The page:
2 set die production hours.
- Just a quick summary on my second set of coins. The first set I
out around Gulf Wars did not like them.
July 3 hours hand filing and dremeling one part of the die smooth.
August 27 Th 2 hours with propane torch melting solder down to dots.
August 28 Th 3 hours pounding dots flat. Punching out planchets.
Melting excess and making dots.
August 29 Th 2 hours as above
August 30 Th 3 hours as above. However solder ran out at 170
planchets. Switched to pewter and started using electric melter.
August 31, 2000 15 minutes in morning to punch out planchets. 30
minutes to finish planchets. 1 hour to finish die.
Total hours Planchets production approx 11 hours for 256 . Die
Now time are not exact because I did not punch a clock and was
interupted. Also I got faster when I used the electric melter.
Some problems. I need to get practice pouring dots. Occasionally the
dots would stick to the sheet pan. Any suggestions?
- Add 45 minutes to the total for striking the 256 coins.
I still did not get my dies totally flat and flush.
Also I for got to reverse the image on 1 side of the coin.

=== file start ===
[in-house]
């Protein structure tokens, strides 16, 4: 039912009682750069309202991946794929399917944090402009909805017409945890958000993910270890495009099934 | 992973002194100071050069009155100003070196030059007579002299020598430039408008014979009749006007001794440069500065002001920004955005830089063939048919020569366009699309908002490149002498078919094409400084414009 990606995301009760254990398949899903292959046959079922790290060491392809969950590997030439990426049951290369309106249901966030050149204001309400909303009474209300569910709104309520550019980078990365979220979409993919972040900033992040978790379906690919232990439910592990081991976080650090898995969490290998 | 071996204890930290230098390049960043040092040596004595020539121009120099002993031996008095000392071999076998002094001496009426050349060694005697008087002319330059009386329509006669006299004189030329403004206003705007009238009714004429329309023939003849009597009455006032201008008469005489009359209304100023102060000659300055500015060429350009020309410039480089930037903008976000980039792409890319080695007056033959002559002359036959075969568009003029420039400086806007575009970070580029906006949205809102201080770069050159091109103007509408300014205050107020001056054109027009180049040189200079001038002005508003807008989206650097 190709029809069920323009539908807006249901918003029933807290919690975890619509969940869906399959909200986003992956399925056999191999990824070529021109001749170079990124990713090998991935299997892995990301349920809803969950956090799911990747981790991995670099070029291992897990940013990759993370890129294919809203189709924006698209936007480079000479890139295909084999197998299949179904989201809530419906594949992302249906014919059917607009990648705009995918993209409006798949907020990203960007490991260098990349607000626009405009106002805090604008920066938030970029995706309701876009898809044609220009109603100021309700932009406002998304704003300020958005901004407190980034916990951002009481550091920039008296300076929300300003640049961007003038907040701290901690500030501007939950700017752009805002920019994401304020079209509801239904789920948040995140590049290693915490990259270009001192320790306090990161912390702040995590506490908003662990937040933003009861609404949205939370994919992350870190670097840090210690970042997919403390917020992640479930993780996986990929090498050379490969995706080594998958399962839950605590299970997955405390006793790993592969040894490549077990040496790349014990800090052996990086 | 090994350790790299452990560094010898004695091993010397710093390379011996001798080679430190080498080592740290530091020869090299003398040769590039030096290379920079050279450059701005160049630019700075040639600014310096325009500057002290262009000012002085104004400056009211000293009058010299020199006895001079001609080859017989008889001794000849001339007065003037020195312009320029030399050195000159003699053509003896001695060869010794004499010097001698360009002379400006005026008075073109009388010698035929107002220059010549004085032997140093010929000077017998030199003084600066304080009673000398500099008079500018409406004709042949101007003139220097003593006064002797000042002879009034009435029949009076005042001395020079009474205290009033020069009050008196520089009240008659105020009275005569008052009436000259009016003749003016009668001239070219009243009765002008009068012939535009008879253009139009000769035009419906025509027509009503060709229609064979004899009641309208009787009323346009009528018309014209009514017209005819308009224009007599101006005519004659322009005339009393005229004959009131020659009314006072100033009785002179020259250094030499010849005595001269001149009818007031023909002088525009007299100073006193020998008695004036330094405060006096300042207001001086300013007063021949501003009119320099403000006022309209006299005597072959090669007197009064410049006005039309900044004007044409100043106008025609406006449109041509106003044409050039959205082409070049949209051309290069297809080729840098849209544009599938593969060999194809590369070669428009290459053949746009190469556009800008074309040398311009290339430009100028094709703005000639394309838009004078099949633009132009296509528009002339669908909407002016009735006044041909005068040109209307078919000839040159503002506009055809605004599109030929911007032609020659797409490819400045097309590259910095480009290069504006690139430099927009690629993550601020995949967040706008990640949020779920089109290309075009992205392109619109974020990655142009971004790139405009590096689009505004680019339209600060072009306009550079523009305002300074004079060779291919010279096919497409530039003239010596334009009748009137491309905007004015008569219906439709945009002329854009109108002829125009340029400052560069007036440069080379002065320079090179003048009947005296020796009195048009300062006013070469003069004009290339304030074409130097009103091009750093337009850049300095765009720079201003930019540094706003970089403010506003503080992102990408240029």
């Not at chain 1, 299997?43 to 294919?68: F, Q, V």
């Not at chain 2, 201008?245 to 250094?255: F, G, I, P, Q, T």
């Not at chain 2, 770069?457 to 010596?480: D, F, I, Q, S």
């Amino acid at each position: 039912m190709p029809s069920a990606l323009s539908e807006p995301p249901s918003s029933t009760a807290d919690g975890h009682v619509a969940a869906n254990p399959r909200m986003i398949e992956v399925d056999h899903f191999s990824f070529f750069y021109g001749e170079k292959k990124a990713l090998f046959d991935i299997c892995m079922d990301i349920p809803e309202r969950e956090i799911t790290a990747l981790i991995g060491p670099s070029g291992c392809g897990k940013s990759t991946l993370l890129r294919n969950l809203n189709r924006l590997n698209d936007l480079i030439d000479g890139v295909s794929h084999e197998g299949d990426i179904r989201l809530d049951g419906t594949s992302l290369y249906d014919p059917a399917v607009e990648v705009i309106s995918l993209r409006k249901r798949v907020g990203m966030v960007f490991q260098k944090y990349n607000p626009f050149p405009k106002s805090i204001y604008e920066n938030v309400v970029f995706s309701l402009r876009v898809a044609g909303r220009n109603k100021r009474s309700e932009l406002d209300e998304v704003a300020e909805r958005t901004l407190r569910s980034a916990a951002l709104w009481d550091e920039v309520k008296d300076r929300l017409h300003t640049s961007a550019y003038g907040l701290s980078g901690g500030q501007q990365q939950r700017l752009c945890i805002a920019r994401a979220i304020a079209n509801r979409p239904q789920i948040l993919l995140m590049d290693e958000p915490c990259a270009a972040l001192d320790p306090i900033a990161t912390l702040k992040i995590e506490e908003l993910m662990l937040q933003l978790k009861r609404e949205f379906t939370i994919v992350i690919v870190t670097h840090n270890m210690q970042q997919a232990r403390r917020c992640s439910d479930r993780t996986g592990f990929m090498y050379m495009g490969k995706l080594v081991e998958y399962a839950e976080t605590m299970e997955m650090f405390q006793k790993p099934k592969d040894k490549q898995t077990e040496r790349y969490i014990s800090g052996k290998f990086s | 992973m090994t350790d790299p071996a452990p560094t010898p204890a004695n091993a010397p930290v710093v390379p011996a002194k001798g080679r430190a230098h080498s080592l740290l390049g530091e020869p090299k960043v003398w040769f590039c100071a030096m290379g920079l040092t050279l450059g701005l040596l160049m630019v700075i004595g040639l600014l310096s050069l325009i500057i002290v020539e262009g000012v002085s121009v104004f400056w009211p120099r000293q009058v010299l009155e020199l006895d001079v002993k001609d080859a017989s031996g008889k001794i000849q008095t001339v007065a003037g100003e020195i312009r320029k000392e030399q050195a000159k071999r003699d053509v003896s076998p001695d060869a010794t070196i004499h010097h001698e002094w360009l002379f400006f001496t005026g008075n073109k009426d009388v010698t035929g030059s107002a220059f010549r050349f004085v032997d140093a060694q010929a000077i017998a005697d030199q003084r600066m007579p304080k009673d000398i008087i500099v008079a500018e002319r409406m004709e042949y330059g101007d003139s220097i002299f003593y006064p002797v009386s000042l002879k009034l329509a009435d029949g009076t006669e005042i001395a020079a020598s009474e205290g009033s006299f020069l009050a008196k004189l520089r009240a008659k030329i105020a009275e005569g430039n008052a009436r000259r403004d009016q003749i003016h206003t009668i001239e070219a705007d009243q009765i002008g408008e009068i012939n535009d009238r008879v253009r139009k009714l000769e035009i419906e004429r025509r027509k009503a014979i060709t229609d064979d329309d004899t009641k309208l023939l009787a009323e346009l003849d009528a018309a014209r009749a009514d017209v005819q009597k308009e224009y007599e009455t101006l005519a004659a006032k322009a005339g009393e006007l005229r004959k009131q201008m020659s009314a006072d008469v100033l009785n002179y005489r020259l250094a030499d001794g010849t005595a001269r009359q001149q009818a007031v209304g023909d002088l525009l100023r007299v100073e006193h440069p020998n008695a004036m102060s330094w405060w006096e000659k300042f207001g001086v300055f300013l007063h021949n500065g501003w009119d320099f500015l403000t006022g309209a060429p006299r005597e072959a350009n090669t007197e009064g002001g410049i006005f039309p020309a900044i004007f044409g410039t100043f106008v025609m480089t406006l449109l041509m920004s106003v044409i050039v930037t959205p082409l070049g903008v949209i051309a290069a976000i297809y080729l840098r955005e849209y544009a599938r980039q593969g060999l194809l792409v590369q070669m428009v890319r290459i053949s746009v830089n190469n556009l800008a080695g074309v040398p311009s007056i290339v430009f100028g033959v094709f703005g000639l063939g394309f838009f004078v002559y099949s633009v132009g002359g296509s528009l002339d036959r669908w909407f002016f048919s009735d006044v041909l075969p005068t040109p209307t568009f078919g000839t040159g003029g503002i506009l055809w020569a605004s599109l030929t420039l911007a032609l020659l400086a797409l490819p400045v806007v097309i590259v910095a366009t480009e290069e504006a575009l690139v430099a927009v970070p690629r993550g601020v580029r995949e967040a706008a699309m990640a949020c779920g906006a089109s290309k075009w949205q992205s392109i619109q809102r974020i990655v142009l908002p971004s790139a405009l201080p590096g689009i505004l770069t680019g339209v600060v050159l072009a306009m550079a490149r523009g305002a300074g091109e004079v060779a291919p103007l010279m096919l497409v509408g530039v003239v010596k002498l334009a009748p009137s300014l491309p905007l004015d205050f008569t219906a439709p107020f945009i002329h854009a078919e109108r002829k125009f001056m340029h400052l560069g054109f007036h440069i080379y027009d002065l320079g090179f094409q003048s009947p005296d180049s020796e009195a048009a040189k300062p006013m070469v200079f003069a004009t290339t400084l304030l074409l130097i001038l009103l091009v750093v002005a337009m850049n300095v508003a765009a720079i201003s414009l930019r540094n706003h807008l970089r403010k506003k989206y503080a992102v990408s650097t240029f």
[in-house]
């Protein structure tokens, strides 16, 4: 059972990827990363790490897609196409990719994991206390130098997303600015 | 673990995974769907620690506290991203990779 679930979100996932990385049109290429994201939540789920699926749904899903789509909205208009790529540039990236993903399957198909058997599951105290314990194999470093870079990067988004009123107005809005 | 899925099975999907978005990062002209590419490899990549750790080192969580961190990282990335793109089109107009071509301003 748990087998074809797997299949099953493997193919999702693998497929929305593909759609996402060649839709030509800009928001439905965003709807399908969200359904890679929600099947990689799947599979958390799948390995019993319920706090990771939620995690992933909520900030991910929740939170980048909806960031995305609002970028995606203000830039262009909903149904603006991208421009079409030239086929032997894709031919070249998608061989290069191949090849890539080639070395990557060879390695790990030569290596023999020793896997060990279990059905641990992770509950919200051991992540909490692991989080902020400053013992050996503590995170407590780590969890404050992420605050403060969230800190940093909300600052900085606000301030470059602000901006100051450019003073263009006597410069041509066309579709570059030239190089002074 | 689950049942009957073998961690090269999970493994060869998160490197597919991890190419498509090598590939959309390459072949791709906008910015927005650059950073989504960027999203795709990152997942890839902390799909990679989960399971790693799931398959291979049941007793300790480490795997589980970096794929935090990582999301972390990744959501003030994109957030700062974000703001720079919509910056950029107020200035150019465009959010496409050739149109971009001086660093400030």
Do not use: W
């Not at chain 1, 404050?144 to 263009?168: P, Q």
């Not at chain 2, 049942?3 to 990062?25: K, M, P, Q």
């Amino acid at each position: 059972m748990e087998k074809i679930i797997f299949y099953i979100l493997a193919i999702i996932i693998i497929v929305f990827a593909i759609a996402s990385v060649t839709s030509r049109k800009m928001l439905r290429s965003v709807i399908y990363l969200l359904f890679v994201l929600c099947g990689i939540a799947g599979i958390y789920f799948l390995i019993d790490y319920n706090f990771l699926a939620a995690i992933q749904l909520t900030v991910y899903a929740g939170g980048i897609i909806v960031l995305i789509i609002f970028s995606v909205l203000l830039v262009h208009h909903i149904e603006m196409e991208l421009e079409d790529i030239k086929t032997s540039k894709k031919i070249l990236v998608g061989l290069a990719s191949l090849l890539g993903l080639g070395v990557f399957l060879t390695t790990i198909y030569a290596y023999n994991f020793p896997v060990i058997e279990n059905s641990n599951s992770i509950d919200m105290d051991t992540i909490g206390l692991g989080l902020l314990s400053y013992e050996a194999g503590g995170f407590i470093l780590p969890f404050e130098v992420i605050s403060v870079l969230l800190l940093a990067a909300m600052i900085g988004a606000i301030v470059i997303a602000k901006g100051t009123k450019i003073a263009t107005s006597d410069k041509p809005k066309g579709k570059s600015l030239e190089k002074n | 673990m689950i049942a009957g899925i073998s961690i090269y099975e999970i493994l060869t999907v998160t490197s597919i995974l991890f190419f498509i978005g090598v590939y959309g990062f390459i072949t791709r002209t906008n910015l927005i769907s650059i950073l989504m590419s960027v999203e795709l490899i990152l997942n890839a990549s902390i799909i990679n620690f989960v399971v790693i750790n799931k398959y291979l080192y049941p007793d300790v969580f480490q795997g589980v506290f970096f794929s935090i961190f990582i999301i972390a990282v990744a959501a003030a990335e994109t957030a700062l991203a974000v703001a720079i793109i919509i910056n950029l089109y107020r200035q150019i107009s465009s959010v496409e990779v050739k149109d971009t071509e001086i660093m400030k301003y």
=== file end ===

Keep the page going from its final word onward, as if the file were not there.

The coin is replica of a Celtic stater.
>>Add 45 minutes to the total for striking the 256 coins.Wow, that is one coin every 10 seconds basically. Does not seem too bad
until you consider that in that hand is a five pound hammer. I imagine
Popey forarms will be obvious on Jasper the next time we see him.
On getting your dies perfectly flat: I purchased my most recent cold
roll from a machine shop. I had them cut a little longer than normal
because I like getting my entire hand on them. Then I ask the shop to
machine the ends to remove the saw marks. This leaves an exact level
surface with just some minor rings from the lathe bit. This will allow
you to do your sanding starting on a very stable surface. Of course if
you have access to a machine metal lathe, you could even finish them
finer, but alas I don't have any experience in that area.
So were these double sided coins?